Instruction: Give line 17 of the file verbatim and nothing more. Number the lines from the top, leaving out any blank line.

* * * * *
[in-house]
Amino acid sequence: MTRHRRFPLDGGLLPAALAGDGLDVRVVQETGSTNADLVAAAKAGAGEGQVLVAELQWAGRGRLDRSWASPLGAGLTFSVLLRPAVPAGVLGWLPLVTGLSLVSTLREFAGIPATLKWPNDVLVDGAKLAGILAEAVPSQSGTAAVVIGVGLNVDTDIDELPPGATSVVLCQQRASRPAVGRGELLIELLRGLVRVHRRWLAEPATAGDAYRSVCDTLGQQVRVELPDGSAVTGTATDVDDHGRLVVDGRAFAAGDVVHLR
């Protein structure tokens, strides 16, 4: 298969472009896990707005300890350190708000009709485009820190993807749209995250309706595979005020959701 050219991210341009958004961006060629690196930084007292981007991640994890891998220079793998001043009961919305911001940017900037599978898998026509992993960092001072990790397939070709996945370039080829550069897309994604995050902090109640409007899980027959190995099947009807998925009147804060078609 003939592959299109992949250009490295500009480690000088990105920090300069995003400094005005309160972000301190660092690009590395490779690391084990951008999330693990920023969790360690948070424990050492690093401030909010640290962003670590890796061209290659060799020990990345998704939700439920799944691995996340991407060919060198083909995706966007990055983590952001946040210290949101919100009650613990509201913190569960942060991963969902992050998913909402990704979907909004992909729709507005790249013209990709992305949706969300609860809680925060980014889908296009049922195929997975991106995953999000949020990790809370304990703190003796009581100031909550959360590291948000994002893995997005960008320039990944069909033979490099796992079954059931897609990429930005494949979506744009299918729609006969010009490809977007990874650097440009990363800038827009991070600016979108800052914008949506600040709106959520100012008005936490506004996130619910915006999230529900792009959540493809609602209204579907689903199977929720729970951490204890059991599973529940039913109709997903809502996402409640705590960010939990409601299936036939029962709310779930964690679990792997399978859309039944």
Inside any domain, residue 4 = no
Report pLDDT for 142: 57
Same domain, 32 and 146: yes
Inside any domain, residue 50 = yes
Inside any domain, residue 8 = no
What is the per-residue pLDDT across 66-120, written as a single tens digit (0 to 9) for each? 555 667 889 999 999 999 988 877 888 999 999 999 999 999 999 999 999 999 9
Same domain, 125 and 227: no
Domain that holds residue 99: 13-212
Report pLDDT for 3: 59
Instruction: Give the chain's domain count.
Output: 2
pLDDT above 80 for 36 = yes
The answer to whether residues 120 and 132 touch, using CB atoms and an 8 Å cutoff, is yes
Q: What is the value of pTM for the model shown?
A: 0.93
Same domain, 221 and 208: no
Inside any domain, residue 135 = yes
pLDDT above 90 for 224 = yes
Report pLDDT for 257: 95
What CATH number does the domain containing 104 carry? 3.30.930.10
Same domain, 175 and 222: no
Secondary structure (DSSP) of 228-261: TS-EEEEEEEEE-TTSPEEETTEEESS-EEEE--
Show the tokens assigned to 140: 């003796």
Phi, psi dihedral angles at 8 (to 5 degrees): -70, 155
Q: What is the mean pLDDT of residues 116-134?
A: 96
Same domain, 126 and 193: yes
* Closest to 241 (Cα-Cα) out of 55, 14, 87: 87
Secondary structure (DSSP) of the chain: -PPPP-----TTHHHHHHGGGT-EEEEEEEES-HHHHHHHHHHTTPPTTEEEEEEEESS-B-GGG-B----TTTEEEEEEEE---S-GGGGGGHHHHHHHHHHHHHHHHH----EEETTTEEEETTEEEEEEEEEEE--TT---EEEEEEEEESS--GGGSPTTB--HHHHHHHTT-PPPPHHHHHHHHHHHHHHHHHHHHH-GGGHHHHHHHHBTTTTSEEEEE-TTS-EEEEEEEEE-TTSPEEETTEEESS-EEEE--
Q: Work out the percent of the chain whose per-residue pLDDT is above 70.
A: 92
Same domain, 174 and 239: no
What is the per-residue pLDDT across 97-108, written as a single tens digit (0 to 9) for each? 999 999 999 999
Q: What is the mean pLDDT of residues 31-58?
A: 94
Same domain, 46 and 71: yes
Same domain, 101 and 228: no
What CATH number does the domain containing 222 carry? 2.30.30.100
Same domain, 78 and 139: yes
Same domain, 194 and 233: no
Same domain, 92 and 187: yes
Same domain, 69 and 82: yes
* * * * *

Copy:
Q: What is the value of pTM for the model shown?